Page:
Anyone coming to the program by the Canterbury Cathedral Choir of men and boys who expected a nice set of ethereal, angelic anthems had their ears opened big time. Of course, the choir presented wonderful readings of Byrd and Tallis (as well as Parry, Stanford, Elgar and Britten), but even from among the well known English composers frequently came a muscularity of sound that might have surprised audience members perhaps anticipating a program more along the lines of "If Ye Love Me" or "Ave Verum Corpus."
Before a packed St. Paul's Episcopal Church for the Fisk on Fourth Concert Series concert, the 30-voice ensemble, in its only North Carolina stop while on a coast-to-coast American tour, demonstrated abundant skill in a full range of choral music from the 16th century on to more contemporary times, some sung a cappella and some accompanied by organ. The quality of performances, so ably led by David Flood, ranged from merely excellent to quite outstanding.
To be sure, the choir did present ethereal, angelic sounds on several pieces, including the opening "Ave Maria" by Robert Parsons, for instance, and Peter Phillips' "Ecce vicit leo." But even in the initial group of selections, some of the more forceful attributes of the music and the singing unfolded – on William Byrd's "Vigilate," for example, in which the boys sang their treble lines over a layer of older male voices.
Other pieces came close to shaking the rafters. Charles V. Stanford's "For lo! I raise up" was given a full-bodied yet deeply moving reading, with strong organ accompaniment by Adrian Bawtree. Also in this category were Adrian Peacock's "Venite Gaudete" and Giles Swayne's Ghanaian-infused "Magnificat."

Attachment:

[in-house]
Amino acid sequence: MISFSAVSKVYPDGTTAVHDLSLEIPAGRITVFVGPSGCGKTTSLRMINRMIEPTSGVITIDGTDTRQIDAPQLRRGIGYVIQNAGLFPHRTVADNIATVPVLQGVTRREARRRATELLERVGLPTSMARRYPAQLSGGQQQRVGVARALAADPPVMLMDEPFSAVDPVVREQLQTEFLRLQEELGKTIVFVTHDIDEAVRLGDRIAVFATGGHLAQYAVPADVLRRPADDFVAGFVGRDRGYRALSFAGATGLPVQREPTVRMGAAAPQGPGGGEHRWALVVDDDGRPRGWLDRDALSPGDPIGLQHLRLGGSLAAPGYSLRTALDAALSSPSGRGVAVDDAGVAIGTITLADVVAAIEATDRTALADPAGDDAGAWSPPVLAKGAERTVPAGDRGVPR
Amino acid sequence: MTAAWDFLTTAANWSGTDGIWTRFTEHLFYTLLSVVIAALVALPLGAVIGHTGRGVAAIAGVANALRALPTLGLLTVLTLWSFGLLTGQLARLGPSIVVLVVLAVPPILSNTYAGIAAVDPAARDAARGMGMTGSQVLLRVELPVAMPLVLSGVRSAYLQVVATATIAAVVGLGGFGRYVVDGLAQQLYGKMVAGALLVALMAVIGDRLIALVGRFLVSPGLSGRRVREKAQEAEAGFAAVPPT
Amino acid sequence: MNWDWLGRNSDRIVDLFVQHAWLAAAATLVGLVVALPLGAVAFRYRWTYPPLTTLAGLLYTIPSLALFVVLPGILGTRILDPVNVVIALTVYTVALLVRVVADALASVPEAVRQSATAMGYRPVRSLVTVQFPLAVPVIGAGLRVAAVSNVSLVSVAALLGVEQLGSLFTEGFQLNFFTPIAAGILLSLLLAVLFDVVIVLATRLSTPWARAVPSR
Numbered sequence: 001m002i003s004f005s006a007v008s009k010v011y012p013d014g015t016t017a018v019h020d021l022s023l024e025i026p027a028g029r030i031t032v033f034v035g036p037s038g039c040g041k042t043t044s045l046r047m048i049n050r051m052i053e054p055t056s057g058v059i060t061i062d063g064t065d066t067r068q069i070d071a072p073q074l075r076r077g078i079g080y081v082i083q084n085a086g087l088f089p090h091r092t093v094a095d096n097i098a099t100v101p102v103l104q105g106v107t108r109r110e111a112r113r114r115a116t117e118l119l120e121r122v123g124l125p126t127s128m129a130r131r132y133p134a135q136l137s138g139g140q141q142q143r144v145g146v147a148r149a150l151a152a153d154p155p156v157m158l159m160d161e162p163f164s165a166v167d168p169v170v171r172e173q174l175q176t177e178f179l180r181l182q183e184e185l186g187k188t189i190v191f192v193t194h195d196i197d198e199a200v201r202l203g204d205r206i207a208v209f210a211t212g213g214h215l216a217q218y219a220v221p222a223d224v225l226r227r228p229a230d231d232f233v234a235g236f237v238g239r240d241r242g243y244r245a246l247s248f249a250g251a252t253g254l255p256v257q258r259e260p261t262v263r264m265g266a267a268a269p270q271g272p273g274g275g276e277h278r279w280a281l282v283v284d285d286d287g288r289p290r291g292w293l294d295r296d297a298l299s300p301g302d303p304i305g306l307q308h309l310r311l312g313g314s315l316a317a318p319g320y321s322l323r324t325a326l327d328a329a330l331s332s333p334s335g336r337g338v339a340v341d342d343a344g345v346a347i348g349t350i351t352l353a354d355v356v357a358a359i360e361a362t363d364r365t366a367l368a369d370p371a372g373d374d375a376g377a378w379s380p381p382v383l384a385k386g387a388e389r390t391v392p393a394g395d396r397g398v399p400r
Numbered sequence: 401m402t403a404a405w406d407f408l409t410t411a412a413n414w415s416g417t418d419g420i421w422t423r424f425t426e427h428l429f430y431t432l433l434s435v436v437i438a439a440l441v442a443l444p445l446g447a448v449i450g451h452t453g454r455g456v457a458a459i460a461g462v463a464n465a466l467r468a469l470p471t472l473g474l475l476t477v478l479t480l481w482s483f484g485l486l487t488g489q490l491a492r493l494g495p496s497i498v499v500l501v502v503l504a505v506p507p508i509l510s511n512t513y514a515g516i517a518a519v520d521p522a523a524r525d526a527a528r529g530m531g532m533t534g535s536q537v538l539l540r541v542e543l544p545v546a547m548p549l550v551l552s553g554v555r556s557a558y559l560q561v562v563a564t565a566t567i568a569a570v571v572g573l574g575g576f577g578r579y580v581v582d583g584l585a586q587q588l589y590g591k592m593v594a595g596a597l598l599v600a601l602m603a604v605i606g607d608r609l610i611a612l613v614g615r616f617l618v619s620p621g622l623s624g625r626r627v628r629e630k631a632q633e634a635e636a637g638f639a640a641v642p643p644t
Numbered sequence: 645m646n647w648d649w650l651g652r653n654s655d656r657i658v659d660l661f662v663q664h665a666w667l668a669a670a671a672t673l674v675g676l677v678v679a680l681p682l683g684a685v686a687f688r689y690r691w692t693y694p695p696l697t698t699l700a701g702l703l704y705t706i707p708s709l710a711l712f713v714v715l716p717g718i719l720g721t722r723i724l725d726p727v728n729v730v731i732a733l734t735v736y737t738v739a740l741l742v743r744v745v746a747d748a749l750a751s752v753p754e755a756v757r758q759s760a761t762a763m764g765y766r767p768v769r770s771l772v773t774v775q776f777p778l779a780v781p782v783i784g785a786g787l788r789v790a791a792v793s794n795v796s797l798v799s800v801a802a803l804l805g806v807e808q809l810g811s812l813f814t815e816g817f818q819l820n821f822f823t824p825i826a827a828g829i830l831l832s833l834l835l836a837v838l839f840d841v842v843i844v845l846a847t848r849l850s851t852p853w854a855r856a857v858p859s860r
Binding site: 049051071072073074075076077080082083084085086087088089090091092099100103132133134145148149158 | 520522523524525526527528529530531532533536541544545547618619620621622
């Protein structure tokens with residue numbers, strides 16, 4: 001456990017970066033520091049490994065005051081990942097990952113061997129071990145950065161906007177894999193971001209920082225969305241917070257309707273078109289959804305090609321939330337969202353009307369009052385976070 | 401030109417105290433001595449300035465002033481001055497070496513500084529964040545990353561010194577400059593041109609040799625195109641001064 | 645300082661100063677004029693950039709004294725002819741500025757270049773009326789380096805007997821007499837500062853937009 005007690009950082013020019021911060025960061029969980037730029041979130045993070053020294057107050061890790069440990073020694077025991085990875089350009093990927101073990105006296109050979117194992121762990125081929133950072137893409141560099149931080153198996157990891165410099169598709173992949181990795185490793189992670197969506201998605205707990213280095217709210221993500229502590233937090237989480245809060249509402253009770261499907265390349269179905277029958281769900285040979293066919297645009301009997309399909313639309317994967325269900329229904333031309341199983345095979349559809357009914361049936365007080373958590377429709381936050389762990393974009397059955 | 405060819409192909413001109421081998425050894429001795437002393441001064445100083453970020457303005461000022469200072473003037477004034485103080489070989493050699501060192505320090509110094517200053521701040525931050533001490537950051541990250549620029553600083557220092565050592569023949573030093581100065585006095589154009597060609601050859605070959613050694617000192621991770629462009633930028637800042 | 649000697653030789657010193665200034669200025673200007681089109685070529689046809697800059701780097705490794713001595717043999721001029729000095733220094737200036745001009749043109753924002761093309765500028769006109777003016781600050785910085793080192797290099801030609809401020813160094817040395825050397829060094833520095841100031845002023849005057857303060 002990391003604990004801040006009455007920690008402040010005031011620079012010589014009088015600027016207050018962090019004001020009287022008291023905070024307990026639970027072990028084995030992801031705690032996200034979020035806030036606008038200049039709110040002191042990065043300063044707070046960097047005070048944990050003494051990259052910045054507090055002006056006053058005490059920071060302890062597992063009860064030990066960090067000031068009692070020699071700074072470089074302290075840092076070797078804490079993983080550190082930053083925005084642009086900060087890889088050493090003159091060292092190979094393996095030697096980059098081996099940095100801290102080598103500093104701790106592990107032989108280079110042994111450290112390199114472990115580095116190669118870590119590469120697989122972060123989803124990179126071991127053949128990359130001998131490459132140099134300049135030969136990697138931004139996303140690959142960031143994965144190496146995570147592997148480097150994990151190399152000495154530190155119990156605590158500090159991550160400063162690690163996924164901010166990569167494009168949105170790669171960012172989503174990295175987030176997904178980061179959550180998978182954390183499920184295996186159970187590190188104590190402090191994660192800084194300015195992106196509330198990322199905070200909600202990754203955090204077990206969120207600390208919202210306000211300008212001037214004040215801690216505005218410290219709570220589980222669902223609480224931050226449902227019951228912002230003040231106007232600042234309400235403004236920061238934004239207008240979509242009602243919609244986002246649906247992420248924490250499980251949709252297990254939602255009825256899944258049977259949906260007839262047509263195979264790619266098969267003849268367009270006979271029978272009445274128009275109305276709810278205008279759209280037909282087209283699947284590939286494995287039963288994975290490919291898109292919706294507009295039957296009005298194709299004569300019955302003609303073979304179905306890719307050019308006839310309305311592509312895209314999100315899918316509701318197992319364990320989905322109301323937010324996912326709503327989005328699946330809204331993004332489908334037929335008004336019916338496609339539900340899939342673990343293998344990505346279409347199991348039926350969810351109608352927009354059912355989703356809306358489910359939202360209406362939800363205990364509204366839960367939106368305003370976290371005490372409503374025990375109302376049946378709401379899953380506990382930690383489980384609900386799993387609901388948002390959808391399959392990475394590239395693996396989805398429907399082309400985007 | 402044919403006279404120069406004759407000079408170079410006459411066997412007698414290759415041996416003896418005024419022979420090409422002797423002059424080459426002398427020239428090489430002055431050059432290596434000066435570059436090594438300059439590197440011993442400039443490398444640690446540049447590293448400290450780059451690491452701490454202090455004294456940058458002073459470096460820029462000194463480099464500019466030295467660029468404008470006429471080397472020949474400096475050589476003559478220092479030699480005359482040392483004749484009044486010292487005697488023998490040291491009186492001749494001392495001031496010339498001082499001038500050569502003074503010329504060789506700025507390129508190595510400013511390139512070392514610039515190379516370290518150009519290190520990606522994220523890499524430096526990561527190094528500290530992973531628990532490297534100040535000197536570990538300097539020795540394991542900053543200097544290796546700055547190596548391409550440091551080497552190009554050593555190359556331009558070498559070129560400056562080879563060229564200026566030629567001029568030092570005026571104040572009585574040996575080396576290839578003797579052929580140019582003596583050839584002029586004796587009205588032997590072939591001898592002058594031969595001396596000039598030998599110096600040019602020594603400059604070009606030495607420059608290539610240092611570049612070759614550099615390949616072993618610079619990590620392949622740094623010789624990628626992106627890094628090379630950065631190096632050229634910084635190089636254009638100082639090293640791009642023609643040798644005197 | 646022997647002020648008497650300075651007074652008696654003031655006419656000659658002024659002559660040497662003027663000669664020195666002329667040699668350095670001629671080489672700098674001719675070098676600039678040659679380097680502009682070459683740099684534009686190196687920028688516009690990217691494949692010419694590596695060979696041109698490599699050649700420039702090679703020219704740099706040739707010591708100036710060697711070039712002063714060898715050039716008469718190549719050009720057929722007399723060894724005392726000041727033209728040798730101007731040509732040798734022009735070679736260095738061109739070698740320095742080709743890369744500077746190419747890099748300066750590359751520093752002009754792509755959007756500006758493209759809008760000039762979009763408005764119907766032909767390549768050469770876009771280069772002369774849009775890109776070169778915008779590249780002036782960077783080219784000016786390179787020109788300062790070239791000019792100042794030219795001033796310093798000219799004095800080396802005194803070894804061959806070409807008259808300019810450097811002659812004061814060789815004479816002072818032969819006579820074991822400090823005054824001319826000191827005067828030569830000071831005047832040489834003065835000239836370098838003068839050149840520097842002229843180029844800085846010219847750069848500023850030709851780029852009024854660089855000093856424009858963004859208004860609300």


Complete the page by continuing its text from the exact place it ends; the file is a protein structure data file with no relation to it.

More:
The program contained several softer moments, including some from unexpected sources. One such highlight was the choir's presentation of Norwegian composer Ola Gjiello's "O magnum mysterium," accompanied by organ and tenor Samuel Corkin's gorgeous solo saxophone. The music opens with words sung in separate single syllables and dense chords, gradually ascending and building in intensity. Another contemporary piece, "Stay with Me, Lord" by Will Todd, might remind some of the choral music of Eric Whitacre, with its shimmering melody lines and nice harmonies.
Two pieces were sung antiphonally, with a quartet separated from the group and standing far away. Both pieces, Ralph Vaughan Williams' "Agnus Dei" and Benjamin Britten's "Hymn to the Virgin," were beautifully rendered, with the four distant voices providing nice counterpoint to the fuller sound of the larger group. Boy trebles Joseph Henry on the Vaughan Williams and Mark Lower on the Britten sang with great skill and were not overshadowed by the older male voices.
The evening contained several highlights, some already noted, but two especially beautiful selections were Edward Elgar's "Lux Aeterna," sung by all, and a much-condensed version of Franz Biebl's "Ave Maria," sung by older male voices. A fine quartet opened the piece, and the really lovely voice of tenor Samuel Bartlette soared. The closing piece, "I Was Glad" by Charles Parry, was, fittingly, grandly grand, a wonderful ending to a wonderful evening.
In the accompanied pieces, organist Bawtree didn't hold back, and he also played two good solos, Langlais' "Fete" and Vierne's familiar "Carillon de Westminster." The church's Fisk organ resonated to great effect. However, the church's acoustics also contributed to one drawback on otherwise splendid performances – the words to the anthems were swallowed up and rose into a dense ball of sound on more than one occasion. This affected the singing of choristers of all ages, from 9 upward. One could always appreciate the glorious sound of the music, even if the words were not always distinctly heard.
Steve Row, a former Greenville resident and reviewer for CVNC 2007-16, was a member of the St. Paul's Episcopal Church choir that sang in a week's residency at Canterbury Cathedral in 2008. He now lives in Richmond, Va.